12 LGBTQIA+ tropes we don’t want to see in pop culture anymore

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Not every trope is necessarily harmful. However, there are a few LGBTQIA+ tropes we can do without moving forward.

We’re already a full month into 2019, but that won’t inhibit us from reminiscing on the milestones in LGBTQIA+ representation in 2018. After Hayley Kiyoko’s “Girls Like Girls” music video rounded out #20GayTeen with an overwhelmingly (and well-deserved) 100 million views, it only seems right to continue to review the representation in our community.

Last year gave us new bops by LGBTQIA+ artists from Hayley Kiyoko, Kehlani, Janelle Monáe and beyond. Aside from an ever-expanding playlist, the United States also elected multiple LGBTQIA+ politicians during the Midterm Elections, which will help combat anti-legislature.

Although LGBTQIA+ inclusion has gradually increased in televised programming, quantitative representation in films has had some blips in progressive representation in recent years. As the most recent GLAAD study on Studio Responsibility and LGBT media notes, representation for the community declined in 2017 by a little over 5 percent.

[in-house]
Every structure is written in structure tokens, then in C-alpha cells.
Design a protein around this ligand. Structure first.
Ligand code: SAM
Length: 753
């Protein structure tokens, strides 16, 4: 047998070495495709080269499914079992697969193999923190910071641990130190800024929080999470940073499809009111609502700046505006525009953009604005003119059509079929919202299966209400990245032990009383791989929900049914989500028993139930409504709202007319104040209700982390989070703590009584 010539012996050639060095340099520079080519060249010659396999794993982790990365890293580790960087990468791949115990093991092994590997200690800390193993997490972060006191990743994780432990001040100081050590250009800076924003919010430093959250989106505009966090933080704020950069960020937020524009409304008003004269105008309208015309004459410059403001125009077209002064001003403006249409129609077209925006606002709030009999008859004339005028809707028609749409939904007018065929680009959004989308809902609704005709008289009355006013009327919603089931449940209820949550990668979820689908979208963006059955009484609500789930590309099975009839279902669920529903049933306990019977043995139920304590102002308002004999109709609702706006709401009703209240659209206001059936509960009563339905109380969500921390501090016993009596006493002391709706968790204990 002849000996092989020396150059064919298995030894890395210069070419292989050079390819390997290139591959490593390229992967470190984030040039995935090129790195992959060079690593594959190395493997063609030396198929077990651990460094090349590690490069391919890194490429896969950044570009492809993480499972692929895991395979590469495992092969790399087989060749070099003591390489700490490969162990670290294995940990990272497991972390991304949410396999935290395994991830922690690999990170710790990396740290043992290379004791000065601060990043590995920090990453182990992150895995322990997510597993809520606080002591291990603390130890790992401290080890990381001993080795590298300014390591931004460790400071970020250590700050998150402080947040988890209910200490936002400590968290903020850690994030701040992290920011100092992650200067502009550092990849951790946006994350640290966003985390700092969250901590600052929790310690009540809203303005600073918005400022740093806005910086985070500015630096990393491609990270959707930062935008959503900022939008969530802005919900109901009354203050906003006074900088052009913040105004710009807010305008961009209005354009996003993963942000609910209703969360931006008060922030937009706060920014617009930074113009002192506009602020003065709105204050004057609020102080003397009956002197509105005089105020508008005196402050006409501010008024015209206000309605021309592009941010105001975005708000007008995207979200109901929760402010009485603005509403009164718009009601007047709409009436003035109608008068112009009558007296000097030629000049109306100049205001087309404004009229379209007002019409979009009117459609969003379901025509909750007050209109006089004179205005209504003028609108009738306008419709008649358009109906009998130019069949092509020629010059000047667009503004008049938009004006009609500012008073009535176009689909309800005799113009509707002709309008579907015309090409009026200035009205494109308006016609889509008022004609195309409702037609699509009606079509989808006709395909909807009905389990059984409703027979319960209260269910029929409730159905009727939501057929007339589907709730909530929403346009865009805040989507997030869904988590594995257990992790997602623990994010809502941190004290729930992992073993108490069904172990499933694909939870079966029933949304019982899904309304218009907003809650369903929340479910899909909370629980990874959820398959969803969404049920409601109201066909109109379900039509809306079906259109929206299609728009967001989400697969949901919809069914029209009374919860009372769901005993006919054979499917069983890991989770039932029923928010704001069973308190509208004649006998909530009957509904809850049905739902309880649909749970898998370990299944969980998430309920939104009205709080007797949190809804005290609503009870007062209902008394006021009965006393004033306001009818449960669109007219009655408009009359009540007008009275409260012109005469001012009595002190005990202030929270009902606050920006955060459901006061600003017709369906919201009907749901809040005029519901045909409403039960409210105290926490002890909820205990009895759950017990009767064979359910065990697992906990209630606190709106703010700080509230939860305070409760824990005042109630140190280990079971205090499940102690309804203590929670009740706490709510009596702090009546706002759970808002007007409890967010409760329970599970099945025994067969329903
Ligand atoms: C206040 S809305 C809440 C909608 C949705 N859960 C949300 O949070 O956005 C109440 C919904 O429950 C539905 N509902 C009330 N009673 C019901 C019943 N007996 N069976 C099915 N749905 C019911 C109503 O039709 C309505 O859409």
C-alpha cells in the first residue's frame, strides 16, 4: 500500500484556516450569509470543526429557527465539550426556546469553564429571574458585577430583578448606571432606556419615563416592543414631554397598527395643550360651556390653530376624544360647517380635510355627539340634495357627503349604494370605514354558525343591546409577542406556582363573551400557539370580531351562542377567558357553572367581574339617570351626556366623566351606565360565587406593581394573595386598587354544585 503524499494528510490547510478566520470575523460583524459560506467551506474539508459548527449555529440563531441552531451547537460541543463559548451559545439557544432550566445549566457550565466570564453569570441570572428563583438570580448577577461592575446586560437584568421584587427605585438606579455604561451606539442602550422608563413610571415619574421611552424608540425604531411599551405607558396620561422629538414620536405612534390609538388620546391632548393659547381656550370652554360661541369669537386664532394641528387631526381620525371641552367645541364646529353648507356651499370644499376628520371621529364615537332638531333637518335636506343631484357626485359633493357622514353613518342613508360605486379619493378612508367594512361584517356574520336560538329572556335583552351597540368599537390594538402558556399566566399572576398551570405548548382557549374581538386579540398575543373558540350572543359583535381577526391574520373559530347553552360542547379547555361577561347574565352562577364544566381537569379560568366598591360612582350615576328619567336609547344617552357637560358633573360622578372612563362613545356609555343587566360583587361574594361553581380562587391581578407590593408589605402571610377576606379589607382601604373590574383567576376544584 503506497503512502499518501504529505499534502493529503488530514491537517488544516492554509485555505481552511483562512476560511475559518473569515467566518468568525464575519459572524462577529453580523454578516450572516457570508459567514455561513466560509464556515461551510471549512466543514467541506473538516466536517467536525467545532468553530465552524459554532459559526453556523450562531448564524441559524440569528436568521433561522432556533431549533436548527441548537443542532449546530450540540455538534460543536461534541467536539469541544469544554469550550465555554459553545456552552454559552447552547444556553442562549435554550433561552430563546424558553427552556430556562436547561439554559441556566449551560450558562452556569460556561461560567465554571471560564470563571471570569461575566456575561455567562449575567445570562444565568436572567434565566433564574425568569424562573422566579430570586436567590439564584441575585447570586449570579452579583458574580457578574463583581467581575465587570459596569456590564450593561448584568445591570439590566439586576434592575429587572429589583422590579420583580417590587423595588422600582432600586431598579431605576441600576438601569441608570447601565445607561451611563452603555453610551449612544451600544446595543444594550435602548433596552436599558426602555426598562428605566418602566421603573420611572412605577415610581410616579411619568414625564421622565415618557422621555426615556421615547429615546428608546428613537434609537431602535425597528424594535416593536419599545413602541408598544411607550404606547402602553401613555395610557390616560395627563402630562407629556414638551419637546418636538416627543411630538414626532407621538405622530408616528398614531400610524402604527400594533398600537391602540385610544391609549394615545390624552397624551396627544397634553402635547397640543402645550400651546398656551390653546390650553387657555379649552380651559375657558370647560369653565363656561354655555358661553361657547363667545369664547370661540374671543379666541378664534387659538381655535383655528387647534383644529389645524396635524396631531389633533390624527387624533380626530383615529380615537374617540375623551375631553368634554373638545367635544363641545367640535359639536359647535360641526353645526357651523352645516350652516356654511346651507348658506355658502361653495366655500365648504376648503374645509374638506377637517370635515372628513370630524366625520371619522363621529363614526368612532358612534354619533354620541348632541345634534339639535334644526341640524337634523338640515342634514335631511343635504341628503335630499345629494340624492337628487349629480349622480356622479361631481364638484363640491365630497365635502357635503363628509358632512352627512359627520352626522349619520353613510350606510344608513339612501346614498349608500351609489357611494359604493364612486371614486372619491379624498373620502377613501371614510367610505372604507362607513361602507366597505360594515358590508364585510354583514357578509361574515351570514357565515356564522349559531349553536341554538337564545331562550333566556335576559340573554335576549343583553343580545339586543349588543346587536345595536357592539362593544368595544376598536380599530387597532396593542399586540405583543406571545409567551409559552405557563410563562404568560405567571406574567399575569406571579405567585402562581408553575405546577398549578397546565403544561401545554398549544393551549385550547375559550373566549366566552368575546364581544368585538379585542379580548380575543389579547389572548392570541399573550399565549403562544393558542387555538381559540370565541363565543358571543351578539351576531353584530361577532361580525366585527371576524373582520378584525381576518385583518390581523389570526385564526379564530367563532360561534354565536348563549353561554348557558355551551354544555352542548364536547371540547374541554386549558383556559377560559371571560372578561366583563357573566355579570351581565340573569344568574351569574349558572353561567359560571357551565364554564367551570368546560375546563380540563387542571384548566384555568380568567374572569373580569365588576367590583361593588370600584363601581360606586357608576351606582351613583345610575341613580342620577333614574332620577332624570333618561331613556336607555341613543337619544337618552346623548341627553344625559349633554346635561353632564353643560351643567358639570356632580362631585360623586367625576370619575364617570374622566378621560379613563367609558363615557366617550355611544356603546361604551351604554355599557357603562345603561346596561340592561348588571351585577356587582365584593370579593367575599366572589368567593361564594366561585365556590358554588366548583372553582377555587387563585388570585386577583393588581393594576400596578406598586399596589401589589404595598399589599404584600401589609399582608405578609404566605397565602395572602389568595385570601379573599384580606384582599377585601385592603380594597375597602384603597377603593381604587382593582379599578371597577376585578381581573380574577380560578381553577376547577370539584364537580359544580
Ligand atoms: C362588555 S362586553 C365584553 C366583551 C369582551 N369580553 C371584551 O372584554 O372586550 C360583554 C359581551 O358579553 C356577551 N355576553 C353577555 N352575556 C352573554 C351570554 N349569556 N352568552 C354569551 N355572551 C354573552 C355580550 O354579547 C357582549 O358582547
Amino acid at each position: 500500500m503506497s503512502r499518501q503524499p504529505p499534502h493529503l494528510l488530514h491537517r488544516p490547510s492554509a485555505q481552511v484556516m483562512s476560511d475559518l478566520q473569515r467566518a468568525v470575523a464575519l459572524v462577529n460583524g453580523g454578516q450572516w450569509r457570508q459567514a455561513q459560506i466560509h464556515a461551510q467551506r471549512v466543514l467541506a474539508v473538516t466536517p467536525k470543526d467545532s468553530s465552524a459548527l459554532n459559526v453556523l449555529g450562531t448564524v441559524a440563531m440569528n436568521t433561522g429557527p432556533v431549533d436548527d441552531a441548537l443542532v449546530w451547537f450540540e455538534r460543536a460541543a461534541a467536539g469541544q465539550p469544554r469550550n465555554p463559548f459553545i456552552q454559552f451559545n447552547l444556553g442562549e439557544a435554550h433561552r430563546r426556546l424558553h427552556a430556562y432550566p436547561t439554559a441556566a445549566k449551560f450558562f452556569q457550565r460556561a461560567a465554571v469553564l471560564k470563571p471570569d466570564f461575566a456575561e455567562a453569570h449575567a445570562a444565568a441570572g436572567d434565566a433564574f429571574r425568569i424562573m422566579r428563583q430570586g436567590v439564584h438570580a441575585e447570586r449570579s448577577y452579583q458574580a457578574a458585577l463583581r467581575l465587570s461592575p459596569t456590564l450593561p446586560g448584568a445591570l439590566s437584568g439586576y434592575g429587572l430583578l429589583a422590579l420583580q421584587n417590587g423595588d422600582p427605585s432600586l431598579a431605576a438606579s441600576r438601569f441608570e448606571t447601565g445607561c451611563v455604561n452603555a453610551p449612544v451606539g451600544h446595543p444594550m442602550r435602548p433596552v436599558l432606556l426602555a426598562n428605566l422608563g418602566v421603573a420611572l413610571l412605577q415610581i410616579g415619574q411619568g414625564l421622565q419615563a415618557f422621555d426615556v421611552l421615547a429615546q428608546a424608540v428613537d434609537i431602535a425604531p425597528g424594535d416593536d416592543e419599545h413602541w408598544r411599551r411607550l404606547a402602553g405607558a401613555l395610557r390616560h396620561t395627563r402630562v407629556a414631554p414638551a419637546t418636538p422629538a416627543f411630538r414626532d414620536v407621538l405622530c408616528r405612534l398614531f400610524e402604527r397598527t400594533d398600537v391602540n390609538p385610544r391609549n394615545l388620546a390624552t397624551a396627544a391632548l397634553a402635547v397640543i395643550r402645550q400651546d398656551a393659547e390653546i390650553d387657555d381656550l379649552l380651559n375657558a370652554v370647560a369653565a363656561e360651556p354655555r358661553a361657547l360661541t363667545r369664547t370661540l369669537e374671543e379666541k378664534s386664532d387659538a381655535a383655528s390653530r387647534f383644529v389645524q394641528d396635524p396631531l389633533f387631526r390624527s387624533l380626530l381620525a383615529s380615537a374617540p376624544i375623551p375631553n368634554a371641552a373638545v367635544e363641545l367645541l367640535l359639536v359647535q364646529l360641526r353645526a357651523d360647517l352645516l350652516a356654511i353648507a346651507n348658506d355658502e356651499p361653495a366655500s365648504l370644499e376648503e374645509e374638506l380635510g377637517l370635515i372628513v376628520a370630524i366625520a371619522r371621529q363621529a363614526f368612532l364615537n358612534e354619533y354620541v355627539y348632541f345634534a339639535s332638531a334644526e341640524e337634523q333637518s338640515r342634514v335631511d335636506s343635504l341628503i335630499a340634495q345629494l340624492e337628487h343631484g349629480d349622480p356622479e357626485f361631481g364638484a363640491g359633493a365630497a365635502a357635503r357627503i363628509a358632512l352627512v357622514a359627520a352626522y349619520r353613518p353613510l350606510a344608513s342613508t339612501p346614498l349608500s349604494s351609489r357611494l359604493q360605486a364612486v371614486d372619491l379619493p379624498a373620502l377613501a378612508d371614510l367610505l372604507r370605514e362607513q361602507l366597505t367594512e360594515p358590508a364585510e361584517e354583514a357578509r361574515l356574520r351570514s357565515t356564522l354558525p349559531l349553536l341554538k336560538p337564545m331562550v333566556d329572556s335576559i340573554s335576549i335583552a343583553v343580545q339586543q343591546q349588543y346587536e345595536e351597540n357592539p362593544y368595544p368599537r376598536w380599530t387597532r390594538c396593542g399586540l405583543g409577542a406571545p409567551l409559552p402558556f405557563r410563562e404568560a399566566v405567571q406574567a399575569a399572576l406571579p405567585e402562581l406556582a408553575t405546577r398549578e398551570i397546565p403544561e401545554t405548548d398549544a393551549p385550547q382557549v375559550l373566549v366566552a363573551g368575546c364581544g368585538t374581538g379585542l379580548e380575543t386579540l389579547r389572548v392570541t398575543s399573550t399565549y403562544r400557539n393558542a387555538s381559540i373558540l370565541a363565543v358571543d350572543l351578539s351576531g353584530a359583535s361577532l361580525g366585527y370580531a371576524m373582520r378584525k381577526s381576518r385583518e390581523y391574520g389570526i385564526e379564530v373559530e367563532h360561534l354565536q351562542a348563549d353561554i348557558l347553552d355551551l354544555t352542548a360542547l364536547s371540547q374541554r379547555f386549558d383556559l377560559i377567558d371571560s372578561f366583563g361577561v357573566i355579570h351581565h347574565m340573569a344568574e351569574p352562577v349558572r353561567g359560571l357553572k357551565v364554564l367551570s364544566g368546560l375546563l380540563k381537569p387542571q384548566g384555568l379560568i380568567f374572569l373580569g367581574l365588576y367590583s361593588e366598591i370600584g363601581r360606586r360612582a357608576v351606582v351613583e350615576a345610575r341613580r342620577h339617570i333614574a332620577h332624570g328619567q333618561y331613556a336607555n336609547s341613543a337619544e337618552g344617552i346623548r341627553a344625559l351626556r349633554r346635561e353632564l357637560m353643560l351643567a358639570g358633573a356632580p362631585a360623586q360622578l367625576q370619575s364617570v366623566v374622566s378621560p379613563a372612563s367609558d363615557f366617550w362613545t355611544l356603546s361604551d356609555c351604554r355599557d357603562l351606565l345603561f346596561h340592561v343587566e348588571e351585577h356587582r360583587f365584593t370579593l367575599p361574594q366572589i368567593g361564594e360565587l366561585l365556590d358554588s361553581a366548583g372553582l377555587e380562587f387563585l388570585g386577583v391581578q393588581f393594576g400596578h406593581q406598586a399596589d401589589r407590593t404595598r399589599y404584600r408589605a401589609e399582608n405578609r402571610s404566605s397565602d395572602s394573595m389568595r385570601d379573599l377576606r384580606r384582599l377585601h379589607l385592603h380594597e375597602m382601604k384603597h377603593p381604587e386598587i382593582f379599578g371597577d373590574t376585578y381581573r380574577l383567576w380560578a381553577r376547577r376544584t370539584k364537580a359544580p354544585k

The statistics for 2018 might not be available, but there are several televised productions that have continually contributed positive inclusivity by casting gay, bi+, and transgender talent and portraying characters who are LGBTQIA+.  Shows like Pose, Killing Eve, Brooklyn Nine-Nine, She-Ra and the Princesses of PowerMarvel’s Runaways, and Black Lightning have continued to bolster healthy representation for a variety of identities within the LGBTQIA+ community.

These shows will thankfully continue to amplify disenfranchised identities with dynamic new narratives; however, it’s easy to see that there are still some lingering, and often harmful, LGBTQIA+ tropes that impact pop culture outside of these productions.

We’re hoping this year that new films, shows, books, and otherwise will consider opting out of these clichés because we’re honestly tired of consuming these in our media diet.